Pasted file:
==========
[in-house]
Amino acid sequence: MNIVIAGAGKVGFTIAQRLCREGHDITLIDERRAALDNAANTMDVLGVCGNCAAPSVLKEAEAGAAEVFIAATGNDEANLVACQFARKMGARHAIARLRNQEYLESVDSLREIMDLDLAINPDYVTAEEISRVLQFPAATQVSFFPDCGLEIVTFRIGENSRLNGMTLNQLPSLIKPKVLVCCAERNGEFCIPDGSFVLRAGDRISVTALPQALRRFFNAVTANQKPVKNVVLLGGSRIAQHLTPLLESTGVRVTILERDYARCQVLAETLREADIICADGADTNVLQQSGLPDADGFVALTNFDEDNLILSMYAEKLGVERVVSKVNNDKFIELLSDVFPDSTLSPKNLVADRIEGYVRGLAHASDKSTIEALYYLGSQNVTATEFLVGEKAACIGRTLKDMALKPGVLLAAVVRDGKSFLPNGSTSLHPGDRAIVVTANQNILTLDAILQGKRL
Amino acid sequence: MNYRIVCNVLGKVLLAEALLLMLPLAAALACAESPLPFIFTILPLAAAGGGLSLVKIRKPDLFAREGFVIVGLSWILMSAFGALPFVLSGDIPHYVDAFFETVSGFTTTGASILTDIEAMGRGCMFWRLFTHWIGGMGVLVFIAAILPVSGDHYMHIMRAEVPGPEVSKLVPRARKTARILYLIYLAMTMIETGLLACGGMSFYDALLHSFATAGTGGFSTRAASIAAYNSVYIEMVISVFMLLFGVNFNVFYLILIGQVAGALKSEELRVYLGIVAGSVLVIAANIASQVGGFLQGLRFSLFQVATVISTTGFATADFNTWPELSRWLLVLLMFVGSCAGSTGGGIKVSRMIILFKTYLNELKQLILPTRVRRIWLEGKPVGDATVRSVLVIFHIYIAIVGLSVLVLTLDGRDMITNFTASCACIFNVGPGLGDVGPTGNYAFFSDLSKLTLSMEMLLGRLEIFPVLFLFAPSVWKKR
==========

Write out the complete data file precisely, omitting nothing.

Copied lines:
[in-house]
Amino acid sequence: MNIVIAGAGKVGFTIAQRLCREGHDITLIDERRAALDNAANTMDVLGVCGNCAAPSVLKEAEAGAAEVFIAATGNDEANLVACQFARKMGARHAIARLRNQEYLESVDSLREIMDLDLAINPDYVTAEEISRVLQFPAATQVSFFPDCGLEIVTFRIGENSRLNGMTLNQLPSLIKPKVLVCCAERNGEFCIPDGSFVLRAGDRISVTALPQALRRFFNAVTANQKPVKNVVLLGGSRIAQHLTPLLESTGVRVTILERDYARCQVLAETLREADIICADGADTNVLQQSGLPDADGFVALTNFDEDNLILSMYAEKLGVERVVSKVNNDKFIELLSDVFPDSTLSPKNLVADRIEGYVRGLAHASDKSTIEALYYLGSQNVTATEFLVGEKAACIGRTLKDMALKPGVLLAAVVRDGKSFLPNGSTSLHPGDRAIVVTANQNILTLDAILQGKRL
Amino acid sequence: MNYRIVCNVLGKVLLAEALLLMLPLAAALACAESPLPFIFTILPLAAAGGGLSLVKIRKPDLFAREGFVIVGLSWILMSAFGALPFVLSGDIPHYVDAFFETVSGFTTTGASILTDIEAMGRGCMFWRLFTHWIGGMGVLVFIAAILPVSGDHYMHIMRAEVPGPEVSKLVPRARKTARILYLIYLAMTMIETGLLACGGMSFYDALLHSFATAGTGGFSTRAASIAAYNSVYIEMVISVFMLLFGVNFNVFYLILIGQVAGALKSEELRVYLGIVAGSVLVIAANIASQVGGFLQGLRFSLFQVATVISTTGFATADFNTWPELSRWLLVLLMFVGSCAGSTGGGIKVSRMIILFKTYLNELKQLILPTRVRRIWLEGKPVGDATVRSVLVIFHIYIAIVGLSVLVLTLDGRDMITNFTASCACIFNVGPGLGDVGPTGNYAFFSDLSKLTLSMEMLLGRLEIFPVLFLFAPSVWKKR